So I listened to the podcast Into the Twilight, and immediately reread the first Twilight novel (and watched the movie, and held a discussion with my family, etc). Now that I've started listening to the funny and conversational Get a Clue, Nancy Drew, I'm not only ready to reread some of my favorites, but I really want to read them in as close to their original state as possible... and there's nothing that screams authenticity like a frontispiece that tells you all about paper rationing.

10. The Subtle Art of Not Giving a F***, Mark Manson
As it appears, I'm a sucker for self-help books whose titles run completely counterpoint to the way I was raised and presently conduct my life: I just finished The Art of Non-Conforming, by Chris Guillebeau, and really enjoyed it! This one, though, is propped up by my Dad's praise, too, and I'm looking forward to discussing its merits with him. And, you know, not giving a f***.

What's on your Top Ten? Let me know, in the comments below!

Thursday, March 15, 2018

Review: The Cruel Prince (The Folk of the Air #1)

I've never been a huge fan of "faerie" books, and in fact, avoided them for the most part as a teen. Now, they have gone through a sort of renaissance in the YA readership - with S J Maas' A Court of Thorns and Roses series serving as a particular point in the journey - and while I'm happy to try out some of the newer and buzzier titles, they're not something I take particular stock in as a genre. 

After a significant amount of disappointment experienced when reading the much-hyped An Enchantment of Ravens, I wasn't feeling particularly interested. However, another book came out at the same time, from an author I trust to write compelling and non-cliched "faerie" tales: Holly Black.

The Cruel Prince - the premiere title in the forthcoming "The Folk of the Air" series, by NYT Best-selling Author Holly Black - follows the story of a young woman named Jude, who, along with her two sisters, was kidnapped and forced into the world of the Fae as a child. Contending daily with a society that resents her humanity and finds her unworthy, she is determined to find her own fate in their midst, no matter the cost. However, when it comes to spying for one of the Court's menacing princes on the eve of  a Coronation, she might give up more than she bargained for... but she could gain more than she ever thought possible.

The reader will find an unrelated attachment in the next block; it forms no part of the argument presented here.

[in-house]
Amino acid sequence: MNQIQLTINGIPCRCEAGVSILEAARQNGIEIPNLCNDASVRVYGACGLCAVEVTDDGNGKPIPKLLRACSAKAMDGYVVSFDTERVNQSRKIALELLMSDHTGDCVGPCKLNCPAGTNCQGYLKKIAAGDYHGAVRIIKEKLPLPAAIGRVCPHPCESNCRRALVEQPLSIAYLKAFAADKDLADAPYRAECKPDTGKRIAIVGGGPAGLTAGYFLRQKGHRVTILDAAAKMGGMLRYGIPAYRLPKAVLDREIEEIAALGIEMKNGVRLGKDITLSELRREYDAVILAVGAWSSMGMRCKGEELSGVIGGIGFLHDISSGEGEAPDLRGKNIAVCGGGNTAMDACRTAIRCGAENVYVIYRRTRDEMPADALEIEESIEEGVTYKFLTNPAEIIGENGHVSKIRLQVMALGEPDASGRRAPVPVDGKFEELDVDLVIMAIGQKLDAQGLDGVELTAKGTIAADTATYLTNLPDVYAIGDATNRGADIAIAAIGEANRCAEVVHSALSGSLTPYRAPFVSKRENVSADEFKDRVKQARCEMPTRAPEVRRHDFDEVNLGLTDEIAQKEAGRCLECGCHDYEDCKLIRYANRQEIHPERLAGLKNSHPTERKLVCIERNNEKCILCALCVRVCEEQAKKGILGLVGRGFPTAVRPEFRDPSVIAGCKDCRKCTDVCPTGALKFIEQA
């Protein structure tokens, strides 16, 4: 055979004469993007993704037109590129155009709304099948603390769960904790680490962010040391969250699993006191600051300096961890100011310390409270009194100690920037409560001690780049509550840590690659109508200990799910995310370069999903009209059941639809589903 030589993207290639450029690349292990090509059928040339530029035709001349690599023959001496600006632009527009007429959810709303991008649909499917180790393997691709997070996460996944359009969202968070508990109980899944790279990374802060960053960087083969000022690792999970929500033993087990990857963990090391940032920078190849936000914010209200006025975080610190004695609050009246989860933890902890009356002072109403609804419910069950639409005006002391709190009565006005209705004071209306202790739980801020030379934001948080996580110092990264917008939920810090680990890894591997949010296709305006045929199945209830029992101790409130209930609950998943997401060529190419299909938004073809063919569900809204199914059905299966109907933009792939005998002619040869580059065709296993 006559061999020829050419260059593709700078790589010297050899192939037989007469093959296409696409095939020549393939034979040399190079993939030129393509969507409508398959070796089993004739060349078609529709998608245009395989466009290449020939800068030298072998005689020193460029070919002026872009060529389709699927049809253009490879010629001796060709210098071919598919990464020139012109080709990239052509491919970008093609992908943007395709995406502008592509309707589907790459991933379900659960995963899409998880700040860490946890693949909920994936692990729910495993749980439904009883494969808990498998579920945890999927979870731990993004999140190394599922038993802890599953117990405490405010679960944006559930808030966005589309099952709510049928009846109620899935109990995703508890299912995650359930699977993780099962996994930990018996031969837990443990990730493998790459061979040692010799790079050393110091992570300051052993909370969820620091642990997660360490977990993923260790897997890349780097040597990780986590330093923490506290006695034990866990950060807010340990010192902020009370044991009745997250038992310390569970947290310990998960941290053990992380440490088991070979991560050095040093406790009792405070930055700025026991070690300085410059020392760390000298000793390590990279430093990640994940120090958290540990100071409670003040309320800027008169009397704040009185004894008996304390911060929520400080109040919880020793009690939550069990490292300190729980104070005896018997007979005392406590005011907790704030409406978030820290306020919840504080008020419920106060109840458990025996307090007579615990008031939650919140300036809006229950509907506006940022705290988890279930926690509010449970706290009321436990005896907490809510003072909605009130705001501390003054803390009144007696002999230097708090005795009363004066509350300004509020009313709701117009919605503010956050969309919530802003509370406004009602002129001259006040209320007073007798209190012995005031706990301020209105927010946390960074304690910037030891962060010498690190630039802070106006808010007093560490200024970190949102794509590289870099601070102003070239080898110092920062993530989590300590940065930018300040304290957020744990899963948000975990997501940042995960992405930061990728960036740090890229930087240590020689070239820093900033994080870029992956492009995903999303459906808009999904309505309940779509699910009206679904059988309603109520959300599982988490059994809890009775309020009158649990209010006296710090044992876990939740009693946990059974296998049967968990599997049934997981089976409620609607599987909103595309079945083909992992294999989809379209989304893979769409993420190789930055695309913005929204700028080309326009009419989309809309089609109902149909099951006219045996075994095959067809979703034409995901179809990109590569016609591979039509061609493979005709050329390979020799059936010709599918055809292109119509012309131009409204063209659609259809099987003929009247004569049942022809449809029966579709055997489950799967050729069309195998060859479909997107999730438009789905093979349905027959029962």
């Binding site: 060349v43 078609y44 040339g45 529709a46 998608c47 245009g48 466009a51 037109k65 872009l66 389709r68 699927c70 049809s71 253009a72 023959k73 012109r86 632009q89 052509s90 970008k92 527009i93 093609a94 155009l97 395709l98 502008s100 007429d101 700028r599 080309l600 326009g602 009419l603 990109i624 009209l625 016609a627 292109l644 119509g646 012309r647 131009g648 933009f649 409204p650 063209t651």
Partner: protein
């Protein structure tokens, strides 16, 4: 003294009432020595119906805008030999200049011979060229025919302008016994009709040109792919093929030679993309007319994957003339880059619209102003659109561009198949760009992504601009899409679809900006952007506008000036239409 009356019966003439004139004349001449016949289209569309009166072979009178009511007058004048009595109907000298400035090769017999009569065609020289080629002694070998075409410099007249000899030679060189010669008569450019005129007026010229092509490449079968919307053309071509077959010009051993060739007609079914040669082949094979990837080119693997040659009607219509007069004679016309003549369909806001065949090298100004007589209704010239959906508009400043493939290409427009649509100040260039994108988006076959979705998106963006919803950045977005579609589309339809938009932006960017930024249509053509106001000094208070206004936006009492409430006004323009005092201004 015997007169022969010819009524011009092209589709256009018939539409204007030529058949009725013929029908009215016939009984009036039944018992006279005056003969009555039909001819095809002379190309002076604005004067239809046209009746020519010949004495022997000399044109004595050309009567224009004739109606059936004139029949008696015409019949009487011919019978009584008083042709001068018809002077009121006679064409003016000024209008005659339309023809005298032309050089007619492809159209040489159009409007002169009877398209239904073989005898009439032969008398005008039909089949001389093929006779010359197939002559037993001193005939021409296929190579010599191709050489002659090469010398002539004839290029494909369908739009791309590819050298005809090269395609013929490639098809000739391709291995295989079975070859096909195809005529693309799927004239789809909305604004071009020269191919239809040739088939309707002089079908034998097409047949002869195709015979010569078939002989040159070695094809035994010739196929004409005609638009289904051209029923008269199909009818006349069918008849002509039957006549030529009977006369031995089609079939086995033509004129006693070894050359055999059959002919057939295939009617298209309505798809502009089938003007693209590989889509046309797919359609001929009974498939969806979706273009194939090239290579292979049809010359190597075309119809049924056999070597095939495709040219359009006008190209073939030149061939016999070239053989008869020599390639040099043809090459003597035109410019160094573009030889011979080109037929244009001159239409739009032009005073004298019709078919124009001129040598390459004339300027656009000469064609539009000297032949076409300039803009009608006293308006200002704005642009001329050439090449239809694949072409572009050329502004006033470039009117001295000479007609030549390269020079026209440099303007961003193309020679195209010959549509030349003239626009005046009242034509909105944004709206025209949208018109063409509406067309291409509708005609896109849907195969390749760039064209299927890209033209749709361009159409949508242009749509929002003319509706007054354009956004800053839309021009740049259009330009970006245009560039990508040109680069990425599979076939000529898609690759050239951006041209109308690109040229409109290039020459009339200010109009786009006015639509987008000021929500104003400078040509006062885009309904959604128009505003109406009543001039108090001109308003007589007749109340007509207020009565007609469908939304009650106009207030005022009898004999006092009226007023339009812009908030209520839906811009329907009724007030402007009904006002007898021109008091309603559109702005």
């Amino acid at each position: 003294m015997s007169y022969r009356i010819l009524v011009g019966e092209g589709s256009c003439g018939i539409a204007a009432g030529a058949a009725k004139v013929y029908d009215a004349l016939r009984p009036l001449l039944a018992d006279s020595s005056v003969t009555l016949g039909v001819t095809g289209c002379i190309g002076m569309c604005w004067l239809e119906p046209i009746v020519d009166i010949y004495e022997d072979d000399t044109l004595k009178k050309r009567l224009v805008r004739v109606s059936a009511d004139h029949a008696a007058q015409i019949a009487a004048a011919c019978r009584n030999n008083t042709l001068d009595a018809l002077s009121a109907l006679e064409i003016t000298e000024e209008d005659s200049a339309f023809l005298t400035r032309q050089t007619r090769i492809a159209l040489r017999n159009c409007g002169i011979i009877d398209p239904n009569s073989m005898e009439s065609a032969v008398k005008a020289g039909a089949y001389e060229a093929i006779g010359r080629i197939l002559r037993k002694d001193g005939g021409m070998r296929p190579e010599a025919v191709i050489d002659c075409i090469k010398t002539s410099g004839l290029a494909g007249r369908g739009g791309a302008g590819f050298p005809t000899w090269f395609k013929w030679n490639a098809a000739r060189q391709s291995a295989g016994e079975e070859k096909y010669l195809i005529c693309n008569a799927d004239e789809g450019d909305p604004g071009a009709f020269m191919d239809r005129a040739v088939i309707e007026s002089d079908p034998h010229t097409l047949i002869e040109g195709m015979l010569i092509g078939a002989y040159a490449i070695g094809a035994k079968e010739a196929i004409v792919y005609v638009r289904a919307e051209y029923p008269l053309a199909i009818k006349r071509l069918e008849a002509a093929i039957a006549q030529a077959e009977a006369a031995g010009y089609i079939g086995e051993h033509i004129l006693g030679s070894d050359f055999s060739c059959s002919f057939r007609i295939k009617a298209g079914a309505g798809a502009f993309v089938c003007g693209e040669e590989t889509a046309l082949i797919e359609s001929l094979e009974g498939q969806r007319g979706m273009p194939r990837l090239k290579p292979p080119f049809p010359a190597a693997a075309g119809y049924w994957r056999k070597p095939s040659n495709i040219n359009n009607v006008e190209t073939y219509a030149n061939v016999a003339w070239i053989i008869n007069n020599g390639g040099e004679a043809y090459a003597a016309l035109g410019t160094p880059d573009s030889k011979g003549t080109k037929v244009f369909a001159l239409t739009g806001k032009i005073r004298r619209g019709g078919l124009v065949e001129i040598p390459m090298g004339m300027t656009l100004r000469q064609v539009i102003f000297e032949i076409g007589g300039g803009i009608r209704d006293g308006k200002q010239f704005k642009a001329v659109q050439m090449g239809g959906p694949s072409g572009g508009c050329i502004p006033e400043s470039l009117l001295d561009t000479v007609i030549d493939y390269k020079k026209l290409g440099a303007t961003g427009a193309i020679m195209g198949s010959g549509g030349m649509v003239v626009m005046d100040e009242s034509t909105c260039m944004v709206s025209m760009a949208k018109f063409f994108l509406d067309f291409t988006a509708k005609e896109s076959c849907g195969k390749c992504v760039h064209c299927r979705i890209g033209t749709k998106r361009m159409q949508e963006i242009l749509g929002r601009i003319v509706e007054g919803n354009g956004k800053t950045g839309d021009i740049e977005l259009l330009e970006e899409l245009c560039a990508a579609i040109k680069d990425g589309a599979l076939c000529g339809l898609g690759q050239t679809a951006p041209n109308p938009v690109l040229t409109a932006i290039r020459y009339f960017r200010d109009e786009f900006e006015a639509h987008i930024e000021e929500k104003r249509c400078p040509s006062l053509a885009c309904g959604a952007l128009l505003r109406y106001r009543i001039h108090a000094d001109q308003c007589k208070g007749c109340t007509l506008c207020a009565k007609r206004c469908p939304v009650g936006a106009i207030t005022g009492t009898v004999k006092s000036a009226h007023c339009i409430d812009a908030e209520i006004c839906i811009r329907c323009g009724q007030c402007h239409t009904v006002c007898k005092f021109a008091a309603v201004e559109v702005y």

Here's why I was so confident going in that I was going to like this book: I love Holly Black. I was a fan of her work as a kid, reading the Spiderwick Chronicles in the school library, and was pleasantly surprised in college, when I read The Darkest Part of the Forest, to find that I still loved her voice. When I heard she was coming out with a new novel - especially with one that has a cover as beautiful as The Cruel Prince - I decided to read it, despite my misgivings about the faerie genre on the whole.

Spoiler alert: It was so good. So good. And I'm so excited for the rest of the series.

Every once in a while you check out a book from the library, read it, and then are overcome with a sudden sense of remorse that you hadn't bought it for yourself, instead. That's this book. In fact, I haven't completely ruled out purchasing it yet entirely, because apparently the Barnes and Noble edition has an extra short story in it.

The main characters to the plot were dynamic and interesting, without sacrificing their relatable nature or plausibility. Even negative or harmful actions still had empathetic origins. The faerie characters were not written with the tropes of their mythology strictly for the sake of maintaining it: their tendencies toward brutality and cruelty were explained, and never taken for granted. When killed, their destruction was made more violent and shocking by the fact that they were immortal, and not less.

And it's not like some of the other paranormal-contemporary-romance books found in the YA category that rely on secret civilizations of fantasy creatures, where you could easily swap them out for a different creature and the story would still make sense, like replacing vampires with werewolves with mermaids, etc. The Cruel Prince's plot and characterizations are very much rooted in the idea of the fae, and the knowledge of parts of their folkloric background.